Academic journal article Southeast Asian Studies

Philanthropy and "Muslim Citizenship" in Post-Suharto Indonesia

Academic journal article Southeast Asian Studies

Philanthropy and "Muslim Citizenship" in Post-Suharto Indonesia

Article excerpt

Introduction

Welfare provision in a nation-state era has become an interesting issue to investigate. In many developing countries, economic growth is often hindered by an inadequacy of a reliable welfare system to benefit society at large. Indonesia, the largest country in Southeast Asia, which is inhabited by more than 250 million people, seems to have suffered from such an inadequacy. After the fall of Suharto in the late 1990s, Indonesia recovered from the financial and political crises and then started experiencing considerable economic growth and democratization. Nevertheless, an adequate welfare system that can reach all parts of society remains hard to find, despite the increased economic growth in the past 10 years. The public does not easily accept Indonesian government statistics showing a decrease in the number of people living below the poverty line. As such, statistical reports do not stop civic organizations from acting as non-state welfare providers by trying to provide aid for particular segments of society unreachable by state welfare agencies.

In this increasingly democratic country, civic organizations with different social, religious, and political orientations have flourished. In post-New Order Indonesia, civil society organizations have appeared publicly in different ways: as NGOs focusing on community development projects (Sinaga 1995; Hadiwinata 2003), as ethnic-based mass organizations supporting political institutions (Aspinall 2011), and as religion-based paramilitary groups focusing on the imposition of religiously inspired public norms (Hasan 2002; Jahroni 2004). Others have appeared as voluntary welfare associations attempting to offer an alternative to the state's role in fulfilling social needs. These types of groups have had a massive presence in the public sphere. One may argue that such a lively civic engagement in the public sphere can lead society to the achievement of democratic values, in a way comparable to what happened in the New Order era. While this assumption may be true in a certain context, the increasing participation of society in Indonesia's political sphere may also lead to other consequences that are not necessarily suitable for democratic values. Corruption, collusion, clientelism, new authoritarian culture, predatory political groupings, social disparity, and economic inequality are examples of how civil society in a democratic era is still "burdened" by undemocratic behavior (Aspinall and Van Klinken 2011).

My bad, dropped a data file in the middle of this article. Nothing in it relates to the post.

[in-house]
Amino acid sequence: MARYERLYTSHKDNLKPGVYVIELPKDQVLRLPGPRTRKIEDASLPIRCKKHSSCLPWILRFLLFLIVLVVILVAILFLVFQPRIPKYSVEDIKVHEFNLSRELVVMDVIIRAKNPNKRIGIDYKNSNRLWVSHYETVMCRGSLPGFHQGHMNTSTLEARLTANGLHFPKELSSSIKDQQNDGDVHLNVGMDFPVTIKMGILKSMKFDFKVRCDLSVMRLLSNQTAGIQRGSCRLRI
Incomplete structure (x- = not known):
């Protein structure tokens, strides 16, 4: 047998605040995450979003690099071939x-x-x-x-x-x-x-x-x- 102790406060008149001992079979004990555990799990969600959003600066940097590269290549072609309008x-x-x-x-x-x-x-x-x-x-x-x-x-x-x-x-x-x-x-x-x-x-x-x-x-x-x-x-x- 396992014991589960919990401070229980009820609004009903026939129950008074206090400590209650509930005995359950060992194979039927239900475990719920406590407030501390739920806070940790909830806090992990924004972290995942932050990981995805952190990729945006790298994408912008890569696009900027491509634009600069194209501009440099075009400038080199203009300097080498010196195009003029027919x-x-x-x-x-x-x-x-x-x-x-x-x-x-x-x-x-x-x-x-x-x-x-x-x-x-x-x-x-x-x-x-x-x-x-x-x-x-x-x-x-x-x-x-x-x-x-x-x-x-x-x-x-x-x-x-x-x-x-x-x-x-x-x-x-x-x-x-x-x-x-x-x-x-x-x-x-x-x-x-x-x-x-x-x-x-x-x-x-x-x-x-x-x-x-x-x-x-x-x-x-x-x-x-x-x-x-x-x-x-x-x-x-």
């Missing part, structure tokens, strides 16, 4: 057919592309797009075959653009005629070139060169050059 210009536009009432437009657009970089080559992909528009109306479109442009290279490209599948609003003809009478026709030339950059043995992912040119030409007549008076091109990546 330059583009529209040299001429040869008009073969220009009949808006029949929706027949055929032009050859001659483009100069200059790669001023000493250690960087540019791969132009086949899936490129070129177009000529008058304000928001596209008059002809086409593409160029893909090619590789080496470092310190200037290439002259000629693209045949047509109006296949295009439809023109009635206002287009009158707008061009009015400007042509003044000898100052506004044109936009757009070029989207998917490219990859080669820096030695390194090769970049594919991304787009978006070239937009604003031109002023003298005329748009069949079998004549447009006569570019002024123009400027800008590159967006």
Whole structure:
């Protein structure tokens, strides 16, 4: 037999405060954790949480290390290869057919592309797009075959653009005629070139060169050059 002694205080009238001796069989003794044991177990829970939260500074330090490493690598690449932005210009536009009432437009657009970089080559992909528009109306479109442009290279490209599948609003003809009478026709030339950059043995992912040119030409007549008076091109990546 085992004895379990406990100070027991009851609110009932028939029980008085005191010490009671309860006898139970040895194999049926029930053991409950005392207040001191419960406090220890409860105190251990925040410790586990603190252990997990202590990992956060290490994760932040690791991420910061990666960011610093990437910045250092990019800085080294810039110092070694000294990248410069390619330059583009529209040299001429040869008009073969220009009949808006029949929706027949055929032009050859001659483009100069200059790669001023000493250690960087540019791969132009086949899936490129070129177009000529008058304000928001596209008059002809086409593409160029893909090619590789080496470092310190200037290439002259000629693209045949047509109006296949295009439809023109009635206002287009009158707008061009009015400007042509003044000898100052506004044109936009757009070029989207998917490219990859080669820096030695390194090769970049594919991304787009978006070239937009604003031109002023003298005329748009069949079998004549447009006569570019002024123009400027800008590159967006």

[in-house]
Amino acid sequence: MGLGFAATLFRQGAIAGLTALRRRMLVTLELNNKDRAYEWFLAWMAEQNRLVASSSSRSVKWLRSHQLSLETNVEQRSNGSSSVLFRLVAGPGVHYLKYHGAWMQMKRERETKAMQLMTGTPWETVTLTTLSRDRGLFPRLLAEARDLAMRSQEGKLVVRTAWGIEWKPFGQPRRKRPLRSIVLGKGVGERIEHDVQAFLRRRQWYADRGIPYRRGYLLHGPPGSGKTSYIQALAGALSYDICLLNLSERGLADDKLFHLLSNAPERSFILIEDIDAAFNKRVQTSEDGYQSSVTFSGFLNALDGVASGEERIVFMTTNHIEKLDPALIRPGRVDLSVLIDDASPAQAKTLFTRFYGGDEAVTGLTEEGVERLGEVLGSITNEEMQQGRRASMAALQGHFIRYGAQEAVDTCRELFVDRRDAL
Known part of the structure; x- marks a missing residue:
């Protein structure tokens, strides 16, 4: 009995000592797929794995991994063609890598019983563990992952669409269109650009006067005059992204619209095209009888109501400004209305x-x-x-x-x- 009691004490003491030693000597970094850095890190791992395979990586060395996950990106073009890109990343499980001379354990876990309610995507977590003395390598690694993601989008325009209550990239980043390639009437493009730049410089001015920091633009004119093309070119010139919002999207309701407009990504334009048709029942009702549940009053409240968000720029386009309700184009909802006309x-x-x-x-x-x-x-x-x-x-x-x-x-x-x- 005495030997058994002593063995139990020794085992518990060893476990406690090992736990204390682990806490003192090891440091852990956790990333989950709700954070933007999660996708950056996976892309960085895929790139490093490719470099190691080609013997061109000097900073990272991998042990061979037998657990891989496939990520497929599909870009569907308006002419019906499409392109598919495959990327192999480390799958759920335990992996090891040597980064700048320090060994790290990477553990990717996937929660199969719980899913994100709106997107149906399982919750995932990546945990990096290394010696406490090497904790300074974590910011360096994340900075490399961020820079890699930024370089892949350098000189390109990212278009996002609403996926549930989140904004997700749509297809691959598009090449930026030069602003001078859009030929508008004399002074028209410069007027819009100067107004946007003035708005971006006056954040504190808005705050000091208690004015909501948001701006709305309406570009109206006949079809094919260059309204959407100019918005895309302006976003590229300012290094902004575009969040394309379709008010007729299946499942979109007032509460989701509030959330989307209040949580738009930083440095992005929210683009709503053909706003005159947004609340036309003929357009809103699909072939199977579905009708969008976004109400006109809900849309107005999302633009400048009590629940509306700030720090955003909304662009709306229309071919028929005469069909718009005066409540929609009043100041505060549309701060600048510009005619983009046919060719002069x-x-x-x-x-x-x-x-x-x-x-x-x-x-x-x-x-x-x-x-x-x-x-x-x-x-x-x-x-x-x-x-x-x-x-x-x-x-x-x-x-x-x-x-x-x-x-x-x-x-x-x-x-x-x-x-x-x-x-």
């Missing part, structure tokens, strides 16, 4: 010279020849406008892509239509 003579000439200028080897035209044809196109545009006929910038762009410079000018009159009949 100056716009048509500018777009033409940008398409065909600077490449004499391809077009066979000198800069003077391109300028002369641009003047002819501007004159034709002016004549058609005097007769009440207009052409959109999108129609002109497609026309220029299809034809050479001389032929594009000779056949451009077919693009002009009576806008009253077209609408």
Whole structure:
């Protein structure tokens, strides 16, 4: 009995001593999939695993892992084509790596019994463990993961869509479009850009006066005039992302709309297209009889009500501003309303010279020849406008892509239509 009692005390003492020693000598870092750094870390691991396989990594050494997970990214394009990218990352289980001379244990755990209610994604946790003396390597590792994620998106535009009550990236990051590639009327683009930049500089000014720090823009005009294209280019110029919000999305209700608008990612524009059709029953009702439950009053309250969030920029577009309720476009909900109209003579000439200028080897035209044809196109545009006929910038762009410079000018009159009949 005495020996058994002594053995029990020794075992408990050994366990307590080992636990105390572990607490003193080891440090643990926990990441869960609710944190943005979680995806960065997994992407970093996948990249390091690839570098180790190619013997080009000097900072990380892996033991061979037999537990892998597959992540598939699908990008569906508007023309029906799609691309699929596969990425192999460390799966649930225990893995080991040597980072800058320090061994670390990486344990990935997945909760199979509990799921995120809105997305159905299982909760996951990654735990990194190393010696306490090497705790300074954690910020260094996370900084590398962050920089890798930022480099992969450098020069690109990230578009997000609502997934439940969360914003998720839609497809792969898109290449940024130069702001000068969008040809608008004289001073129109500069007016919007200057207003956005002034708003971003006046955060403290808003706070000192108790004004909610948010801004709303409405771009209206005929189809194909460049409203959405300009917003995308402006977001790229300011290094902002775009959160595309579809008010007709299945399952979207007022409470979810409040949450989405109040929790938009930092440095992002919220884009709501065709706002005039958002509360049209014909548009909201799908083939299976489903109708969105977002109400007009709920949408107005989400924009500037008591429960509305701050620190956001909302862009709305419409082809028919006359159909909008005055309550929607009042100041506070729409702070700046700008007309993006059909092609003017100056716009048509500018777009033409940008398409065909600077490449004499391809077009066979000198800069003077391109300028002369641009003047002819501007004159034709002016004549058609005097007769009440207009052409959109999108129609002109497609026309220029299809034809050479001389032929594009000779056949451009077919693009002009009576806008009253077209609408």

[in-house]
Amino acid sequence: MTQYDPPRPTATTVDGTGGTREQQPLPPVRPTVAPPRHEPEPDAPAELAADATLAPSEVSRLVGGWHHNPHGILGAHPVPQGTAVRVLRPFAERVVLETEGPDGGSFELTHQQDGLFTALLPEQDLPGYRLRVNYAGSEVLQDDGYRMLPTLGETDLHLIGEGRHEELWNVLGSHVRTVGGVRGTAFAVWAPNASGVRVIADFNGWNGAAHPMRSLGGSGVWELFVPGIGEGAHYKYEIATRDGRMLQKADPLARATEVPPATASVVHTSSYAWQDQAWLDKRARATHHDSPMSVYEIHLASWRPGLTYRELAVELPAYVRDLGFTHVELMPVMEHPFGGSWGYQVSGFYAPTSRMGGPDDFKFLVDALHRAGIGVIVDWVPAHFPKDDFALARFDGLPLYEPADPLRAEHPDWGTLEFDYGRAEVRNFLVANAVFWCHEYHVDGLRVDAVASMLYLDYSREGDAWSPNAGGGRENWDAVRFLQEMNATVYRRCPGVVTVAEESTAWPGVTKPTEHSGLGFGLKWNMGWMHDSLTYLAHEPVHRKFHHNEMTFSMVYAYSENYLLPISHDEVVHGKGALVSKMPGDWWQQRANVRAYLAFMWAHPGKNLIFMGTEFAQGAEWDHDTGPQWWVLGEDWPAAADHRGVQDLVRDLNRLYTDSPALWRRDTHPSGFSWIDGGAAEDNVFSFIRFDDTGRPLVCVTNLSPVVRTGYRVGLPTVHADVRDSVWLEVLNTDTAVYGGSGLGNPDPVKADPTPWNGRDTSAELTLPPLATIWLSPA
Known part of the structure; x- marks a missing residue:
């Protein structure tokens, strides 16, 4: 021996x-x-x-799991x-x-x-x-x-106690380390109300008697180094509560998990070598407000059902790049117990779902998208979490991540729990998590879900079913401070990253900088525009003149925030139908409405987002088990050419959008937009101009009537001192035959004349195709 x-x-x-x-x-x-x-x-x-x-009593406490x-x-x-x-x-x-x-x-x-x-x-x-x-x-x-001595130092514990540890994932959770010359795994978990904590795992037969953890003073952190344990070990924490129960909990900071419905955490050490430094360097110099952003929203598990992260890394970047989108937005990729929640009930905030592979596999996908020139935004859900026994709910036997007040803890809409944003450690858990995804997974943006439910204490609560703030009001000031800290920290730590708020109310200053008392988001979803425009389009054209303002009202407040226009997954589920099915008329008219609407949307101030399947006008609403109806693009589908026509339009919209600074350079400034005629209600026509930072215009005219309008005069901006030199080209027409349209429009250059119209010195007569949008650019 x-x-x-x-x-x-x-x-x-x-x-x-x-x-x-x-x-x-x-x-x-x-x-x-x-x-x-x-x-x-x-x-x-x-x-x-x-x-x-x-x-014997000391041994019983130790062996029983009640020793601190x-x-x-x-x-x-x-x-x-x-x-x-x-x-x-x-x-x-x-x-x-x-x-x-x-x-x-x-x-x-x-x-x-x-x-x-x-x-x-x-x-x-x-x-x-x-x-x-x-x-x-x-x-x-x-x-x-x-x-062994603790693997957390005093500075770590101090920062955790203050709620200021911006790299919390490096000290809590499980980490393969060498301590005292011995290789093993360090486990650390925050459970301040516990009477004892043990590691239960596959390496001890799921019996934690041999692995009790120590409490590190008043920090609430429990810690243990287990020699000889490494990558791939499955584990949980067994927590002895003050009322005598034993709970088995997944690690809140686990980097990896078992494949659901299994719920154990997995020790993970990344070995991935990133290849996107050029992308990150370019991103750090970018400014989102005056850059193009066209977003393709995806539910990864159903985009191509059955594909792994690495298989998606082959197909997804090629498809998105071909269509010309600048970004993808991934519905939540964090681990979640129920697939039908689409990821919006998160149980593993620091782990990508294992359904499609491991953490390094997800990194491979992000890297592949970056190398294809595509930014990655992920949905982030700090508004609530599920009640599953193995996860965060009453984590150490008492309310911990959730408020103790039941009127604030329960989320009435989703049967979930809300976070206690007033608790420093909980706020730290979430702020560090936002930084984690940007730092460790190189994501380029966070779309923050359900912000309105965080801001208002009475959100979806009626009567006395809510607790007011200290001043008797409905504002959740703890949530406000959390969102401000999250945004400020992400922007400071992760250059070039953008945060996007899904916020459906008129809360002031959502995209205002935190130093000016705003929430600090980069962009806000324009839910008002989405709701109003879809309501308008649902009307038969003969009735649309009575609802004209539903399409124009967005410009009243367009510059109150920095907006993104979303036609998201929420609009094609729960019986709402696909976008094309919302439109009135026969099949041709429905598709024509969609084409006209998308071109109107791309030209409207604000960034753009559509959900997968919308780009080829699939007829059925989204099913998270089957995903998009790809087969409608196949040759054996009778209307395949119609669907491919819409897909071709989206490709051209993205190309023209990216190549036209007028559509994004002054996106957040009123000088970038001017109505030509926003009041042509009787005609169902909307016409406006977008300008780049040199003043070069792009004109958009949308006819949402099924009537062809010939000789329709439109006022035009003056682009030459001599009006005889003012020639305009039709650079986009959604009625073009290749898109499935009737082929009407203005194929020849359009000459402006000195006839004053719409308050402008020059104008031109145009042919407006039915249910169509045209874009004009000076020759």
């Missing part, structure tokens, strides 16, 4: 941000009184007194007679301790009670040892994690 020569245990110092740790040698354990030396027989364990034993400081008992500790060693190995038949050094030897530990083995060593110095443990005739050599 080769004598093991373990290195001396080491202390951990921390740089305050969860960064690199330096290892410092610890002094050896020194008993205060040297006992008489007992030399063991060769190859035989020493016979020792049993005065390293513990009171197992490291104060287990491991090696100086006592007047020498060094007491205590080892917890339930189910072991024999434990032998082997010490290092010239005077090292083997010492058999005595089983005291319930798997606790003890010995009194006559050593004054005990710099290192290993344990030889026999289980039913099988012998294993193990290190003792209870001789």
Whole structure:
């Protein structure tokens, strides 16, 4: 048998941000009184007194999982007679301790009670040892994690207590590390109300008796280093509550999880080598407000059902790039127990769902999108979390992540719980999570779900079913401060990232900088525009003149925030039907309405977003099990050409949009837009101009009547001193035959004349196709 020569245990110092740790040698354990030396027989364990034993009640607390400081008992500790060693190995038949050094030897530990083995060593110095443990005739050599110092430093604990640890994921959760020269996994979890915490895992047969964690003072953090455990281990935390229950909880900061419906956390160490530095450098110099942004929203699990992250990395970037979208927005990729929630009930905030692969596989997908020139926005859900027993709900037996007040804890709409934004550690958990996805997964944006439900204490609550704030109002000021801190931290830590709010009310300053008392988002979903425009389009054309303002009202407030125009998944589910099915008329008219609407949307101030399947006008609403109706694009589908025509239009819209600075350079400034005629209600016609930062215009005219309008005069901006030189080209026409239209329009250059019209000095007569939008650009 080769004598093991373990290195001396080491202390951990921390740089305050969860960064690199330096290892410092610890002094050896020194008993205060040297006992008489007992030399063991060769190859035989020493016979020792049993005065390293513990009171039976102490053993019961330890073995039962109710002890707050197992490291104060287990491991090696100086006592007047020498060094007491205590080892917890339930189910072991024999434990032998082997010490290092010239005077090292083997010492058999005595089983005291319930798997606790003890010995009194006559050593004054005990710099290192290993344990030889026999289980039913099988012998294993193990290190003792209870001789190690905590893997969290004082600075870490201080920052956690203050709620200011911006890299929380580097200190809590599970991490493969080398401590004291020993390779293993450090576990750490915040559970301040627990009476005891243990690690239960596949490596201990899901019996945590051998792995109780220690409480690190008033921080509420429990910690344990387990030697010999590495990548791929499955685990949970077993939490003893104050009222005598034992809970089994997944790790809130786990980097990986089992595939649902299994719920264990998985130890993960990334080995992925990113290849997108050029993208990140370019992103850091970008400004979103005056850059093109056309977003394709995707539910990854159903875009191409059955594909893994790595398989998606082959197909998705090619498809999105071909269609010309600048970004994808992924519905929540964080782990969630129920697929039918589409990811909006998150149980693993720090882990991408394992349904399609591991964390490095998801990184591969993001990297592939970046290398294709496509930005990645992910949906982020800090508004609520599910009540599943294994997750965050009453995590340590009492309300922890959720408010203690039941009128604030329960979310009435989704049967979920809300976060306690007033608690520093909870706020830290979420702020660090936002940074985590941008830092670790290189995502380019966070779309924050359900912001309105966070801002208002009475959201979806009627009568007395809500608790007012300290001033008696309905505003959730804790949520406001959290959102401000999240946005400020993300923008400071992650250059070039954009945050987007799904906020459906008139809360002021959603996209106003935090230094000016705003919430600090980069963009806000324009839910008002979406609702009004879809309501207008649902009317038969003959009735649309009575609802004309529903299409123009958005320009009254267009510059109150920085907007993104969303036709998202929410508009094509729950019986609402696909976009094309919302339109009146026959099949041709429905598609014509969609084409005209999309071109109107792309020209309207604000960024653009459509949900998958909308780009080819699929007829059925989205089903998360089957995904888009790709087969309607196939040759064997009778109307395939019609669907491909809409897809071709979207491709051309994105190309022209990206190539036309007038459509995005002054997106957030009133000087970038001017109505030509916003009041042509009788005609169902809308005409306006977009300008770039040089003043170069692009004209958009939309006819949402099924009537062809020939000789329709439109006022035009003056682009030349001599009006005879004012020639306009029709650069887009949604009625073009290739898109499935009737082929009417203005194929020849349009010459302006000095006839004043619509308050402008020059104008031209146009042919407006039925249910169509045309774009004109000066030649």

This paper examines the roles of Muslim volunteer organizations-which are referred to as Islamic philanthropic associations-in shaping the nature of democratic culture in Indonesia and analyzes their contribution to the creation of a just society. Studies suggest that in the past three decades Islamic philanthropic associations in Indonesia have had a vibrant public presence, more than ever before. They have actively engaged in various types of social projects to cater for the poor, as well as had a profound impact on Muslim discourse on welfare issues (Fauzia 2013; Latief 2014; Retsikas 2014). The objectives of Islamic philanthropic organizations, as reflected in their organizational mission, include fostering social justice and bettering the welfare of society. In practice, Islamic philanthropic organizations provide aid for those in need, including low-income families, orphans, disaster victims, and refugees in city slums and disaster-affected areas. Given the wide range of Islamic philanthropic activism in Indonesia, this paper examines Muslims' understanding of citizenship and how they interpret people's rights and the state's responsibility by analyzing two cases. The first case concerns the role of Islamic philanthropic organizations in validating the rights of the poor. The second is about how Islamic philanthropic organizations define the rights of underprivileged minority groups, including Shi'a and Ahmadiyya communities, and whether or not these groups deserve assistance from their fellow Muslims. …

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